Keyframe Animations

By sbondo1234 on 27 August, 2019


Keyframes in CSS are very diverse, you can use them for many things… just get creative!

The Basics

This is going to be the truly barebones version of what you can do with keyframes, but this is just an example which you should build on, on your own.

First you can ‘include’ the animations name in the class of your choosing as such:

.randomClass {
  animation-name: exampleAnim;
  animation-duration: 5s;

Note: Some browsers may need you to use -webkit- before animation, like: -webkit-animation-name: sumAnim

Secondly, we will be setting up the actual keyframe part:

@keyframes exampleAnim {
  from  {color: red;}
  to  {color: blue;}

The best part is, you can use any CSS property inside of keyframes, so you can in theory, animate everything.

Animate In Increments

You can combine this method with the one shown above, if you really wanted to.

@keyframes exampleAnim {
  0%    {color: red;}
  25%   {color: red;}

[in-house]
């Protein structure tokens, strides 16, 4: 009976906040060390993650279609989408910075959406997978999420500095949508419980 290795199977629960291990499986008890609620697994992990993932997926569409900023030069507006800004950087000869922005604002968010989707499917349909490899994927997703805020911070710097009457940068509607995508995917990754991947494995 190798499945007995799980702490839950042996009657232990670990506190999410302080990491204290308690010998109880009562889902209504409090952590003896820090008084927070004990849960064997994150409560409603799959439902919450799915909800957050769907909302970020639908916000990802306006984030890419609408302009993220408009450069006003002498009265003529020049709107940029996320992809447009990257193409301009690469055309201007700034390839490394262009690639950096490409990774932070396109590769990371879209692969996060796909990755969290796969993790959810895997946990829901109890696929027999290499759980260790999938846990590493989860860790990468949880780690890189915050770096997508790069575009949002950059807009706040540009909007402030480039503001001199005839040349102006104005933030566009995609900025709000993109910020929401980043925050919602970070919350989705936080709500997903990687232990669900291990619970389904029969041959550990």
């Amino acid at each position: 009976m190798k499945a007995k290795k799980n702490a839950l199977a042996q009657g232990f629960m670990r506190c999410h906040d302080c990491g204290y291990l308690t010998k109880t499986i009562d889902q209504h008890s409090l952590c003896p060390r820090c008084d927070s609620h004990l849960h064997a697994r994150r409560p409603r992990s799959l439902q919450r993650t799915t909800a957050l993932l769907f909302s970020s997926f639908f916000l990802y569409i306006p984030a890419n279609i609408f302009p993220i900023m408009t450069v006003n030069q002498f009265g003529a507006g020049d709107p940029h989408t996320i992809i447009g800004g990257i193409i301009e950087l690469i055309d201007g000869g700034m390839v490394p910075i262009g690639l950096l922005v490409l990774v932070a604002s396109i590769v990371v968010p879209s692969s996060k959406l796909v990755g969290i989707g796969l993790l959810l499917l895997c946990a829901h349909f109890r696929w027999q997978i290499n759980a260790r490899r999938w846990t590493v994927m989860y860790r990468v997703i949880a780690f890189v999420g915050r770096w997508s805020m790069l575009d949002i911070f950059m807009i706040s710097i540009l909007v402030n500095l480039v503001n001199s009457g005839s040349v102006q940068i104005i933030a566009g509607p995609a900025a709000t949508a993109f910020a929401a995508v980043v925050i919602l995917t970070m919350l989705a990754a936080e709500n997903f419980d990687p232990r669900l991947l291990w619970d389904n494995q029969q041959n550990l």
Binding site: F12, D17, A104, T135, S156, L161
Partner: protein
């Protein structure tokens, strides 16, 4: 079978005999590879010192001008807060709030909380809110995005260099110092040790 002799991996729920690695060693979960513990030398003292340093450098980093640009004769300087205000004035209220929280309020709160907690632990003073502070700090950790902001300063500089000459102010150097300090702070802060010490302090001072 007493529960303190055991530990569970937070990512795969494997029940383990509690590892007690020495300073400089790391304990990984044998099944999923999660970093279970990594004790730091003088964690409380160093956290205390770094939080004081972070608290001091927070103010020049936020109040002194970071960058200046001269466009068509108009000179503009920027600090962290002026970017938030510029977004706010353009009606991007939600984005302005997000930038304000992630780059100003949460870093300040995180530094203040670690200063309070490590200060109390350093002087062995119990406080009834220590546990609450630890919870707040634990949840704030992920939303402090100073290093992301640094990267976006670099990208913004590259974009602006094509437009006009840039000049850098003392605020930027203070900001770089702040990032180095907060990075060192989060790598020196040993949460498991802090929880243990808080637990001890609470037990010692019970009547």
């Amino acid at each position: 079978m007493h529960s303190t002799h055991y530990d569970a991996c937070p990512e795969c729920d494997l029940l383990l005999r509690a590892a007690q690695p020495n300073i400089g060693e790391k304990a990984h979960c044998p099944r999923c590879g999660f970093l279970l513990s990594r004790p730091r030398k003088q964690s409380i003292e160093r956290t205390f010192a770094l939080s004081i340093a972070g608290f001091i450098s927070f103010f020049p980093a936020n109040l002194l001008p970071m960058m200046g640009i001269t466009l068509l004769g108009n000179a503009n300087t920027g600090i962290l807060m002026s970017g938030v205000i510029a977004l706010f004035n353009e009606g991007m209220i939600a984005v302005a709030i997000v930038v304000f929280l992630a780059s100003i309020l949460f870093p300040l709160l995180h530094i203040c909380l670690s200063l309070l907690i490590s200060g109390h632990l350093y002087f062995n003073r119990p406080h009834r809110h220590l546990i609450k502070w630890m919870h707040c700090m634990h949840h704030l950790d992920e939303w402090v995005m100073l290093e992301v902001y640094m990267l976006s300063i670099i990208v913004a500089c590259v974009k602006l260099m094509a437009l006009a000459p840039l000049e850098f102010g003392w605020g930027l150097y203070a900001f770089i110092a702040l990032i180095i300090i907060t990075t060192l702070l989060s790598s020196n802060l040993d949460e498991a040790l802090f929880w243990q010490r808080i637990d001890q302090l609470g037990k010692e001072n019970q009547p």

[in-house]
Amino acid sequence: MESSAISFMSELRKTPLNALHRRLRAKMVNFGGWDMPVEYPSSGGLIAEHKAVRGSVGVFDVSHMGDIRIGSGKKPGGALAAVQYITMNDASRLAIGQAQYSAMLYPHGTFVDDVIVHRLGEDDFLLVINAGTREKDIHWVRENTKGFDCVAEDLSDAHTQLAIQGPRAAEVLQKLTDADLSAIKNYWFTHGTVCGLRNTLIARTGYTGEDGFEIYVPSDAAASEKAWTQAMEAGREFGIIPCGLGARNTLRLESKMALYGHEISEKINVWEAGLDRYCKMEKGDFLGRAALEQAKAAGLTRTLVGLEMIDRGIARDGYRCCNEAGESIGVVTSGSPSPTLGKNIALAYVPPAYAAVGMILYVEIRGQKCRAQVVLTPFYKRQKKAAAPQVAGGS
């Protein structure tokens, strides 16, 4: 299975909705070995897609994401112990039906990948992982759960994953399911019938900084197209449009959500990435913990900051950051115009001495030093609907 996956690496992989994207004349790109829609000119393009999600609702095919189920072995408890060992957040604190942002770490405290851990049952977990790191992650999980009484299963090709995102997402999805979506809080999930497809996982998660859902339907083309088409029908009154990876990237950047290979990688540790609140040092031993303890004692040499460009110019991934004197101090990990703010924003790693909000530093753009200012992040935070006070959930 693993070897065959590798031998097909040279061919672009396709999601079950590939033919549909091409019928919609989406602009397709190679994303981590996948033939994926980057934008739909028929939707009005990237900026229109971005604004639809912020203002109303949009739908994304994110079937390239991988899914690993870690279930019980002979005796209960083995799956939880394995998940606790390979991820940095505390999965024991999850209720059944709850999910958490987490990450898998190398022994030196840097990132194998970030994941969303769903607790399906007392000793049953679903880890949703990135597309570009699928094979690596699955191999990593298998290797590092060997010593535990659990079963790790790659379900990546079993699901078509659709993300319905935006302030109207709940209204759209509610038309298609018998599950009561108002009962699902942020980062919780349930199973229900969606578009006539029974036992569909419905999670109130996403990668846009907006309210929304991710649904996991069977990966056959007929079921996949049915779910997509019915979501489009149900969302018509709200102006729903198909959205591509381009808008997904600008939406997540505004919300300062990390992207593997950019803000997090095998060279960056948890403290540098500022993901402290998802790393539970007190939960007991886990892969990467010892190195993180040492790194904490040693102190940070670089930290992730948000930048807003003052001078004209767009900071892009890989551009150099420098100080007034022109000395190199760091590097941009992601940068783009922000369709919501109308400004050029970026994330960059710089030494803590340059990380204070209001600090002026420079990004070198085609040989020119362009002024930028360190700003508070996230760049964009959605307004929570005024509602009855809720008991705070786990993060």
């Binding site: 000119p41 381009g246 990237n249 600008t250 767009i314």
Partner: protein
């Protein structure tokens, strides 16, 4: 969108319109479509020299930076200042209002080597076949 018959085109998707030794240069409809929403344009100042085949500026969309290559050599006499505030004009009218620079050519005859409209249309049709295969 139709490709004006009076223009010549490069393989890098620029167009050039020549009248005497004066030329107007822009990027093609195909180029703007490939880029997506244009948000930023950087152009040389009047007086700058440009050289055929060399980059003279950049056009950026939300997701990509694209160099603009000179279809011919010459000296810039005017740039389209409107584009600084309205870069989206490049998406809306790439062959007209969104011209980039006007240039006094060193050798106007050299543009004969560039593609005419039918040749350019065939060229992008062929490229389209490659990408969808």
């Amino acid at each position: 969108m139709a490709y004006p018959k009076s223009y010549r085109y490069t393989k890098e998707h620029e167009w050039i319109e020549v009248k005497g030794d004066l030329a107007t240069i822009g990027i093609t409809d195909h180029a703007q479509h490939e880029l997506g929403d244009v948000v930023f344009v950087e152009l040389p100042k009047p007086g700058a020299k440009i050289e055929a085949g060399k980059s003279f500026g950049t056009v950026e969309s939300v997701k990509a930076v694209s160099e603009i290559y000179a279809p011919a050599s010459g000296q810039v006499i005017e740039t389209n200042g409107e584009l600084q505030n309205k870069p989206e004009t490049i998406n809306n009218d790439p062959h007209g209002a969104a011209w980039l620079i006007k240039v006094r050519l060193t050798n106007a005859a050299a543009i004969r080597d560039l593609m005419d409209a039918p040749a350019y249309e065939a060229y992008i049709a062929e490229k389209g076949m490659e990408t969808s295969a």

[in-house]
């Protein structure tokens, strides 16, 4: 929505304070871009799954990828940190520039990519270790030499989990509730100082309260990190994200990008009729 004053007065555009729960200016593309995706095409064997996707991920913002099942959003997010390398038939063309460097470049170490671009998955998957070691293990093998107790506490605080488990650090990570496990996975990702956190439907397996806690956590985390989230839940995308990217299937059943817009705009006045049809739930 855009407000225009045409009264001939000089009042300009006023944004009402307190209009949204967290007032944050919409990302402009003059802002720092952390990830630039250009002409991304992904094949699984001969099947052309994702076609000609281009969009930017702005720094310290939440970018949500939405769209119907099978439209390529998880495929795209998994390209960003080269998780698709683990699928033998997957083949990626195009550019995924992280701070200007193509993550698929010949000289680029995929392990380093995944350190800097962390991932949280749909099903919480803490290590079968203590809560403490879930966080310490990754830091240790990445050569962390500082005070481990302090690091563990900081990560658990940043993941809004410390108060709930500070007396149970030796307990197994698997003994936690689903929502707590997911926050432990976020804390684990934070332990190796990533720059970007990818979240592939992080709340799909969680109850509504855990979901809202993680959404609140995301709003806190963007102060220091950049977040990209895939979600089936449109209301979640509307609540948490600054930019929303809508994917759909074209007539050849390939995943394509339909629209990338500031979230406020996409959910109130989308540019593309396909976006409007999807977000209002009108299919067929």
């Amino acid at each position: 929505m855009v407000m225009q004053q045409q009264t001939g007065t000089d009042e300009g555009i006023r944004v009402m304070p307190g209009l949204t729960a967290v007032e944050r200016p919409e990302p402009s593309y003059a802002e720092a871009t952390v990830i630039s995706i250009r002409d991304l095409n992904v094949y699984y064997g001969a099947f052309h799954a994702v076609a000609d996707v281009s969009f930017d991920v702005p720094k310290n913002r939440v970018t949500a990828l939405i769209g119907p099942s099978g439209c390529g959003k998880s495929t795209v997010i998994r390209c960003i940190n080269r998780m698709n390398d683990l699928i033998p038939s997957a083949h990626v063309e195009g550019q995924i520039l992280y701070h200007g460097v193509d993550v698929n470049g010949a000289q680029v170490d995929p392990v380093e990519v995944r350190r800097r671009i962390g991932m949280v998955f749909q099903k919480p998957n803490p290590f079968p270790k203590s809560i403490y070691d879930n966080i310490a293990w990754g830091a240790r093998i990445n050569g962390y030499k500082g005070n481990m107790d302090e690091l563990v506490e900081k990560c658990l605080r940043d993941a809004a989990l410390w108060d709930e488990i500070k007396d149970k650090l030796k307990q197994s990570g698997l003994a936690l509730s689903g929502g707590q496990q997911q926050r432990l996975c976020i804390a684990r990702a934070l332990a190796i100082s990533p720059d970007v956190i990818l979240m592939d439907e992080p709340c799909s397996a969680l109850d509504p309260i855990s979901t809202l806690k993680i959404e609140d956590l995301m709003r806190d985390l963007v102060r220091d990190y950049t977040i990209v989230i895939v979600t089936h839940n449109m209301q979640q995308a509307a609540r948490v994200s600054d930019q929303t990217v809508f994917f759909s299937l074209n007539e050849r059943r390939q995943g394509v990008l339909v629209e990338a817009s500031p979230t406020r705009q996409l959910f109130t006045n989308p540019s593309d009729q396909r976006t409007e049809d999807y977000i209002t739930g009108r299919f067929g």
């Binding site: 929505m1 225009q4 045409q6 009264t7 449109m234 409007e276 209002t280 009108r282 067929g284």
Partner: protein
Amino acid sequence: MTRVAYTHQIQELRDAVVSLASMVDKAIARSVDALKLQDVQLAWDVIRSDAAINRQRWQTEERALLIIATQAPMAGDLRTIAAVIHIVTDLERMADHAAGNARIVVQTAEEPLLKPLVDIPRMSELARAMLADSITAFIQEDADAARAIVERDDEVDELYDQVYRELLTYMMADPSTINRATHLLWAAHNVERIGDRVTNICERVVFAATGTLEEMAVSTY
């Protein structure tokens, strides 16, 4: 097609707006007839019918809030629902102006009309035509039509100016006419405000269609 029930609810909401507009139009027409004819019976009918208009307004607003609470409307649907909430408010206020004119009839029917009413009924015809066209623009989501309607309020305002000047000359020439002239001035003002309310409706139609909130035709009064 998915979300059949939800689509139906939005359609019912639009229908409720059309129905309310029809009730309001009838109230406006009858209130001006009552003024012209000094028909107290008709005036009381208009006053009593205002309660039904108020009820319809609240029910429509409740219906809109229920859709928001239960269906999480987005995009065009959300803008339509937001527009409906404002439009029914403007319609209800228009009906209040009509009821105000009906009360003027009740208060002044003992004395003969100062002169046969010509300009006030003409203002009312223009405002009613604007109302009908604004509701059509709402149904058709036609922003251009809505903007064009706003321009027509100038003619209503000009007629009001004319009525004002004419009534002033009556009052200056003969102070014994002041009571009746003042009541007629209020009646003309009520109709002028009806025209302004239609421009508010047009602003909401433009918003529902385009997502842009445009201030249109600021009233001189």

50%   {color: red;}
  75%   {color: red;}
  100%  {color: red;}



Sometimes it may be easier for you if you just call animations like this:

animation: repeatit 2s linear 0s infinite alternate;

This is the much easier to write, but arguably harder to read version of typing out each property one by one.

Animation Properties:

You can search up the following, if you want to expand your knowledge.


Real Example



<div class="helloDiv">hello</div>

  .helloDiv {
    font-size: 18px;
    text-align: center;
    width: 50px;
    border: 1px solid black;
    border-radius: 6px;

    position: relative; // <-- important
    animation: helloDivAnim 15s infinite;

  @keyframes helloDivAnim {
    0%    {left: 0; background-color: red;}
    50%   {left: 100%; background-color: lightblue;}
    100%  {left: 0; background-color: red;}

Note: If you don’t set a property for your animation, then it will just be set to it’s default. So if you need to make a change, make sure you have done so.